Why you should read everything with Ferrante’s name on it

By Nivriti Butalia

Lila’s eyes narrowed.

I wish I had counted the number of times Lila’s narrowing eyes occur in the four books that make up The Neapolitan Novels. Does Elena Ferrante, the author, like repetition? Did she forget how often she resorts to it or was the descriptor deliberate? It’s there, a lot. In My Brilliant Friend, in The Story of a New Name, in Those Who Leave and Those Who Stay, and in, The Story of the Lost Child, all published between 2012 and 2014.

I wondered also, is it out of place for your translator — Ann Goldstein, in this case — to point out a phrase that crops up again and again? But again, surely that’s the editor’s job. More than anything, I wanted to know, did these perpetually narrowing eyes bother anyone else? And that is my sole “criticism” of The Neapolitan Novels. Everything else I have to say is gush-gush. I even gifted two copies of the first book, My Brilliant Friend, to a couple of friends last week. As some or the other literary person had blurbed: “Everyone should read everything with Ferrante’s name on it” (Eugenia Williamson, turns out, in The Boston Globe).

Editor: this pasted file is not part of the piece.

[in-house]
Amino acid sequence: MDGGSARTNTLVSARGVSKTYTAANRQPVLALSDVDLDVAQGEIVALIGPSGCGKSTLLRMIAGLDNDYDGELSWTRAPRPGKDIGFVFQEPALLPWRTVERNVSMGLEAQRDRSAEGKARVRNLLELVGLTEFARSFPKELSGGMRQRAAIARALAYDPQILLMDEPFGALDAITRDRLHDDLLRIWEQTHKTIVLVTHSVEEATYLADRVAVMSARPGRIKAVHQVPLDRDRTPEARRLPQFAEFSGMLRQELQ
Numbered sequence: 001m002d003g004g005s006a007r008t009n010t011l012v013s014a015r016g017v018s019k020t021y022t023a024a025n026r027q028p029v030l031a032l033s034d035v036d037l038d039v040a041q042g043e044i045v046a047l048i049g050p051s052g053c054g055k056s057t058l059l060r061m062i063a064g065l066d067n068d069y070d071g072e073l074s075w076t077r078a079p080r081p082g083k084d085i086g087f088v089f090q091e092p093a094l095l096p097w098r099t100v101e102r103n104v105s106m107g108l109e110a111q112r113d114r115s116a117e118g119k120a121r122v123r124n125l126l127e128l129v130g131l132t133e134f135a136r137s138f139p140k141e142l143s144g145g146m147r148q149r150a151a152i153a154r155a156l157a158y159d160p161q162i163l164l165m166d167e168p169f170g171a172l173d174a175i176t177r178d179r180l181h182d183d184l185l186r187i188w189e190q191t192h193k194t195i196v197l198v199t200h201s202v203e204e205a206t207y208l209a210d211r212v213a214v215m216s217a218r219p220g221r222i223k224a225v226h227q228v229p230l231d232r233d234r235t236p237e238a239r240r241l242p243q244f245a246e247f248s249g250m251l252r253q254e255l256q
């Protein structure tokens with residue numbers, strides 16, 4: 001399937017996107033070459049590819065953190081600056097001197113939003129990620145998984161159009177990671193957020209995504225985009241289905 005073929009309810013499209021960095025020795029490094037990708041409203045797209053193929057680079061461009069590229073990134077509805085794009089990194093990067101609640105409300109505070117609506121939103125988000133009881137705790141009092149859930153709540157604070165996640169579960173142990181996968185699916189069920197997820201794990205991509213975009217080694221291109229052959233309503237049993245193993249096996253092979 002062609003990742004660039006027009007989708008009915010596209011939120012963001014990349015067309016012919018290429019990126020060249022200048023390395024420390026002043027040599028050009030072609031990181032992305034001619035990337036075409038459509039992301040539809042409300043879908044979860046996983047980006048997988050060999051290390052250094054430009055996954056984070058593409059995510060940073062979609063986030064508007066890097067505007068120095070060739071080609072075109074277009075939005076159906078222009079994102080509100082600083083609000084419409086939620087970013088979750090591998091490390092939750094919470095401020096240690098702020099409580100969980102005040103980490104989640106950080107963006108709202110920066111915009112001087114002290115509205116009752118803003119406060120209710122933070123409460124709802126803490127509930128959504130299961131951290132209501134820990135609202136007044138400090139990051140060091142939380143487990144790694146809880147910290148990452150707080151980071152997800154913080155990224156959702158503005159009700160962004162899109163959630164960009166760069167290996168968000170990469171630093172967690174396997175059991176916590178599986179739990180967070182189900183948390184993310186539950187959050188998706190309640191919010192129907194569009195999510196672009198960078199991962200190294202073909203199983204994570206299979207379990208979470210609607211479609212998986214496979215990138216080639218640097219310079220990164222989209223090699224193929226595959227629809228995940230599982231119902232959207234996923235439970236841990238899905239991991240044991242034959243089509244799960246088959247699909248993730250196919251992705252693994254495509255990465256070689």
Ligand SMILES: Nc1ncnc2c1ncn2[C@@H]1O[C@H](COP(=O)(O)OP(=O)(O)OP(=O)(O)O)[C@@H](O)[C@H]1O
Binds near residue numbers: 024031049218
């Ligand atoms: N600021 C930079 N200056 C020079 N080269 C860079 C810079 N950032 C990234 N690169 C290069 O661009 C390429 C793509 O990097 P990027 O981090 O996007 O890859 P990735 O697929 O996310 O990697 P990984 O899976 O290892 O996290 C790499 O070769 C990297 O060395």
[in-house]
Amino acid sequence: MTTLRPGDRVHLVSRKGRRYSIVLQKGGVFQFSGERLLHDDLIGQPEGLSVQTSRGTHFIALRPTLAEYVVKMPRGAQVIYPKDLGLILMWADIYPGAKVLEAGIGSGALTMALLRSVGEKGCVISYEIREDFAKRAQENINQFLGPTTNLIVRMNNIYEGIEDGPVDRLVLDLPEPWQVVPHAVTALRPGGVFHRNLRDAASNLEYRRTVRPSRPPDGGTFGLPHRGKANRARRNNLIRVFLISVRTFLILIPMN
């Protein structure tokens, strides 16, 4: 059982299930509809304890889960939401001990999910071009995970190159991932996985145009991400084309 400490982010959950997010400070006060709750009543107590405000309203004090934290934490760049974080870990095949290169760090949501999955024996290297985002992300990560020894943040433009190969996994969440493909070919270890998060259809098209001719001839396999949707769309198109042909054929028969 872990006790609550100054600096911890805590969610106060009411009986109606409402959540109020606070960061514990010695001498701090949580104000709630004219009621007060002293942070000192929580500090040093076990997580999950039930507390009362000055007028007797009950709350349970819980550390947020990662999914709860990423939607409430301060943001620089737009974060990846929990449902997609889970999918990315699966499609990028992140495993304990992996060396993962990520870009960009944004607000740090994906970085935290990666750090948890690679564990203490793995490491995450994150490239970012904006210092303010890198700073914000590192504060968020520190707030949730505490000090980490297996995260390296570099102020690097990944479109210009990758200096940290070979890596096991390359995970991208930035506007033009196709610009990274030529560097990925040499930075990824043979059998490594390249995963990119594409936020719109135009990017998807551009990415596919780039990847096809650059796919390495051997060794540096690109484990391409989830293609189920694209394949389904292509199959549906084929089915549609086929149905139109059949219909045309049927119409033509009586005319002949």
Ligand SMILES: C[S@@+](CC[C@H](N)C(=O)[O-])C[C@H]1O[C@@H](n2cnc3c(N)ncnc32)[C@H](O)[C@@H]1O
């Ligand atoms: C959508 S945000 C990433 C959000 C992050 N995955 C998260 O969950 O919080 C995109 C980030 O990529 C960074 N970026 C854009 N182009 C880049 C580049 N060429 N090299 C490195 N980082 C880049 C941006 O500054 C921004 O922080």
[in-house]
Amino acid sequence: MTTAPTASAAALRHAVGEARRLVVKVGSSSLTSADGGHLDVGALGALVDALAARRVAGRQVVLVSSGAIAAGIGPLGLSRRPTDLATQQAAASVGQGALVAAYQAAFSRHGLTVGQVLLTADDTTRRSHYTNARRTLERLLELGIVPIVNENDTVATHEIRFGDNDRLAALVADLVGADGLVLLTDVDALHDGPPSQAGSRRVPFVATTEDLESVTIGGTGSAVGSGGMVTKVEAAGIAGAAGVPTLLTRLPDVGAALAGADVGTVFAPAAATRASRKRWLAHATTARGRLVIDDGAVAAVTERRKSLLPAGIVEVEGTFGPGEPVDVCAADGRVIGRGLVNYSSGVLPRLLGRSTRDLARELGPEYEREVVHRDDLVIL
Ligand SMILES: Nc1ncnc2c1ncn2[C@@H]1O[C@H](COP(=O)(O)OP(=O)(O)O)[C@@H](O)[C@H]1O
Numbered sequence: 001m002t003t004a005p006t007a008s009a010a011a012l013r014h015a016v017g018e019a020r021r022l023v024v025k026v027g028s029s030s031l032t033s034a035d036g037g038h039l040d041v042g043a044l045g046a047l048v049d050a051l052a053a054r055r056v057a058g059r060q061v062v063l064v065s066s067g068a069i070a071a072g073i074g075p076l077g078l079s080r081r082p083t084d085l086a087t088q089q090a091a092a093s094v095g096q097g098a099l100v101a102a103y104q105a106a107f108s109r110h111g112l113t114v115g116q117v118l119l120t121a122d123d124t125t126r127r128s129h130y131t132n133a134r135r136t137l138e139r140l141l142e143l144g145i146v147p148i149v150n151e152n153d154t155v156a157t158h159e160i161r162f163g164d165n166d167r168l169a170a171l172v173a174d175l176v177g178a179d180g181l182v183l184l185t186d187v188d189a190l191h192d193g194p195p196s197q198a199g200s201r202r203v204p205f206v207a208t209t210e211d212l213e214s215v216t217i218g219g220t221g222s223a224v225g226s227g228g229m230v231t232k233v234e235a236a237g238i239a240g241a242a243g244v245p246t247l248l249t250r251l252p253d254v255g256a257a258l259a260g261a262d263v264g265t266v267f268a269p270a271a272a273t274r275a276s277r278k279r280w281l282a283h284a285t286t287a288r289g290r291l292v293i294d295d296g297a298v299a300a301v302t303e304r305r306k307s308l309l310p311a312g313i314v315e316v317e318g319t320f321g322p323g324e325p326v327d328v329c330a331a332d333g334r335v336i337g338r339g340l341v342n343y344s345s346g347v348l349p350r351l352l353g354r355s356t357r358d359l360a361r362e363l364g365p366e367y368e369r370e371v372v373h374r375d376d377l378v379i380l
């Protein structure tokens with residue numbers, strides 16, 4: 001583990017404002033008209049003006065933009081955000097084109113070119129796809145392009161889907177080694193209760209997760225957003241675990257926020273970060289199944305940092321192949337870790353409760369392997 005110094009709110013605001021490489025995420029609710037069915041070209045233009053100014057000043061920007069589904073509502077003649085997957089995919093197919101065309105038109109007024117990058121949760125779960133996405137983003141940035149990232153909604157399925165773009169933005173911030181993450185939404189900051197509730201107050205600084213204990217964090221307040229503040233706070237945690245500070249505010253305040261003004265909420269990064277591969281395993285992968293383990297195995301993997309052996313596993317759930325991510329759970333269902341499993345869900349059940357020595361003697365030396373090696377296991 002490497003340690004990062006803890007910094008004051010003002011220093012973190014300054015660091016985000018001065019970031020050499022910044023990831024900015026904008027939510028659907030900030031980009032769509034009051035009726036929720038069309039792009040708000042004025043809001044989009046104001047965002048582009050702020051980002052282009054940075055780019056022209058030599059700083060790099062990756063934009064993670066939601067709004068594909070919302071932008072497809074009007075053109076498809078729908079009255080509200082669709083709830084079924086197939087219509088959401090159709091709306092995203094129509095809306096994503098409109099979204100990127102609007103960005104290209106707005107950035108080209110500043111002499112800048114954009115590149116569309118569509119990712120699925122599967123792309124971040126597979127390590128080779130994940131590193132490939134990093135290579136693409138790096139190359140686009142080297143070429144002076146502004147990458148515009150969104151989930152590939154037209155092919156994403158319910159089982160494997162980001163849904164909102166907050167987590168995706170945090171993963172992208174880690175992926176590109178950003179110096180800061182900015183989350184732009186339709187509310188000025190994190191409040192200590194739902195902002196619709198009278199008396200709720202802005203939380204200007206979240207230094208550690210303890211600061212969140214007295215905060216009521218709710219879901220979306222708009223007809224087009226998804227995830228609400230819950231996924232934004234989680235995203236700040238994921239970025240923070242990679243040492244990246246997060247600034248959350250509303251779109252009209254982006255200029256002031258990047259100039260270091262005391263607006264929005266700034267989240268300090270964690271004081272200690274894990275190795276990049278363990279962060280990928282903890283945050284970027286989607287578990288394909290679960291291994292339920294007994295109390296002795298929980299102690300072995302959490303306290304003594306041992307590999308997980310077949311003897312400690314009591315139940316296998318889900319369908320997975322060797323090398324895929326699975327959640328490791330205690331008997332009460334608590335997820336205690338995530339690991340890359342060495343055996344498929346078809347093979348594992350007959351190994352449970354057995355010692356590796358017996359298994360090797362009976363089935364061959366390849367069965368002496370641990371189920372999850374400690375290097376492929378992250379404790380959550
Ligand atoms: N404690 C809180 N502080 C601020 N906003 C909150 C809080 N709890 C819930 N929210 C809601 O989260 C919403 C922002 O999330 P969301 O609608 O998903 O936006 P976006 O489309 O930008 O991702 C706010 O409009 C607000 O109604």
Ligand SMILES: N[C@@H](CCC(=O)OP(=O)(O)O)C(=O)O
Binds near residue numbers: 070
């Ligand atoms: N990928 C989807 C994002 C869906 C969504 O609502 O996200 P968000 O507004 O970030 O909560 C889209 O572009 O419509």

Elena Ferrante’s name has been in my head since the writer’s identity was exposed by a journalist in 2016. I thought it quaint that someone would still use a pseudonym. Like, wow, not everyone thinks the point of writing books is to corral yourself in a bubble of panel discussions and cheese and grape evenings.

I was curious about who this person was whose identity some journo was so hell-bent on revealing that he followed a money trail to a publishing house, or some such time-consuming route. The disclosure of her identity is a separate story. Whether she’s Anita Raja or Elena Ferrante, how does it matter? Her books have their readers. And joining that gang, I wondered how much better must the experience be to read her in Italian. Are there more nuances to this line in Italian that don’t carry over well to English: “I felt like a drop of rain on a spider web and I was careful not to slide down.”


Jealousy is a great motivator. It makes you do things that you’ve put off for no good reason. In this case, I was jealous and subconsciously motivated. A friend was getting lit-recos from this other (younger) person instead of talking them over with me. That bristled. I know how my mind works. I upped my game and read them all so I could later casually say, “Ferrante? Yea, of course. Done, read, you must read them.” Petty, I know. But in the interest of literature, everything works. And when you’re done reading, you’re done being jealous of people who’ve read them.

And so, I read The Neapolitan Novels last month. I had read one book of Ferrante’s last year, The Lost Daughter. But thanks to jealousy triggers mentioned above, I started The Neapolitan Novels.